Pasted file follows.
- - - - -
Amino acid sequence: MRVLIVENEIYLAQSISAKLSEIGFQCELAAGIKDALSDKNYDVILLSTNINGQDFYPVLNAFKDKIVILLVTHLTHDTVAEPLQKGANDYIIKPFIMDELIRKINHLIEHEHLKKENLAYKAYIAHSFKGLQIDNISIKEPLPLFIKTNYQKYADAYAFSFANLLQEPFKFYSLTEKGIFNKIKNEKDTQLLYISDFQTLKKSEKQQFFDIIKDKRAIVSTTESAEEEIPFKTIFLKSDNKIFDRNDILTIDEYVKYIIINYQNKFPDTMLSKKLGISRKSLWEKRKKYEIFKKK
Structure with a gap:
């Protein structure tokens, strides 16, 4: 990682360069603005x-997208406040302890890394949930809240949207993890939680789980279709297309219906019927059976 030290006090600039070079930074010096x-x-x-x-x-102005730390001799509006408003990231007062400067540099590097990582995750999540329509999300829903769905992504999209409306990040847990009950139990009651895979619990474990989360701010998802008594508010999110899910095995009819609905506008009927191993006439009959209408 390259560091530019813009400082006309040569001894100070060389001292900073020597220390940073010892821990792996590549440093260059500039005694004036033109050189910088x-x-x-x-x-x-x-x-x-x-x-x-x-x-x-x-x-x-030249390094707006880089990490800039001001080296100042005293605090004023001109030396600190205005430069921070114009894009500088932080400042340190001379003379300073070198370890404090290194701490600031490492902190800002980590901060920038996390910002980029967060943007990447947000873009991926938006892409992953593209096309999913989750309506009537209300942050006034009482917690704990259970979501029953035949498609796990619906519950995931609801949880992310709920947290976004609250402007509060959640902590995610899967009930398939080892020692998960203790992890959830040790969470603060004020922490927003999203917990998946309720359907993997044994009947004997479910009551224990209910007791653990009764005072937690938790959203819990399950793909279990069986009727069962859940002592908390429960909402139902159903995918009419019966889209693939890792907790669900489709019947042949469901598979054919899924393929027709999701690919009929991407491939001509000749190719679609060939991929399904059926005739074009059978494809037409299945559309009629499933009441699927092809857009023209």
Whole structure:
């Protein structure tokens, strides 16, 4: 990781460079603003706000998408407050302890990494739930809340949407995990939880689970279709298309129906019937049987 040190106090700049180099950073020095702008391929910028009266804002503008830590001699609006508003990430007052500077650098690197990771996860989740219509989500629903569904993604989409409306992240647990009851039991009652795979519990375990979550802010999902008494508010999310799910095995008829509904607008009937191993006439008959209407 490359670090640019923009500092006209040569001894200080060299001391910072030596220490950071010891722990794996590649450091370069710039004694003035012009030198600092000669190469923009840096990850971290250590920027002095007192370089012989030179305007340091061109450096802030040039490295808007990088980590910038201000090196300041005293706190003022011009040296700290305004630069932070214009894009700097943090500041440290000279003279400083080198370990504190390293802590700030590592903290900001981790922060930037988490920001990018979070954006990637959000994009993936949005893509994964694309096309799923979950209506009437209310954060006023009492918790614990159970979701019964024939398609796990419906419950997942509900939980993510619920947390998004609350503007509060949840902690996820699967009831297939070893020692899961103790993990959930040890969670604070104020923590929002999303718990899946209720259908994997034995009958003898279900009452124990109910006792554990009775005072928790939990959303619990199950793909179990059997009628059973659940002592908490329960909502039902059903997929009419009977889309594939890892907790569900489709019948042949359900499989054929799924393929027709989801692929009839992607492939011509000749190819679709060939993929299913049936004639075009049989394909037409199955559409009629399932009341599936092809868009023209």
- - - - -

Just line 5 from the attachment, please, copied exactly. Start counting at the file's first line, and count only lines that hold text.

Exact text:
């Protein structure tokens, strides 16, 4: 990781460079603003706000998408407050302890990494739930809340949407995990939880689970279709298309129906019937049987 040190106090700049180099950073020095702008391929910028009266804002503008830590001699609006508003990430007052500077650098690197990771996860989740219509989500629903569904993604989409409306992240647990009851039991009652795979519990375990979550802010999902008494508010999310799910095995008829509904607008009937191993006439008959209407 490359670090640019923009500092006209040569001894200080060299001391910072030596220490950071010891722990794996590649450091370069710039004694003035012009030198600092000669190469923009840096990850971290250590920027002095007192370089012989030179305007340091061109450096802030040039490295808007990088980590910038201000090196300041005293706190003022011009040296700290305004630069932070214009894009700097943090500041440290000279003279400083080198370990504190390293802590700030590592903290900001981790922060930037988490920001990018979070954006990637959000994009993936949005893509994964694309096309799923979950209506009437209310954060006023009492918790614990159970979701019964024939398609796990419906419950997942509900939980993510619920947390998004609350503007509060949840902690996820699967009831297939070893020692899961103790993990959930040890969670604070104020923590929002999303718990899946209720259908994997034995009958003898279900009452124990109910006792554990009775005072928790939990959303619990199950793909179990059997009628059973659940002592908490329960909502039902059903997929009419009977889309594939890892907790569900489709019948042949359900499989054929799924393929027709989801692929009839992607492939011509000749190819679709060939993929299913049936004639075009049989394909037409199955559409009629399932009341599936092809868009023209």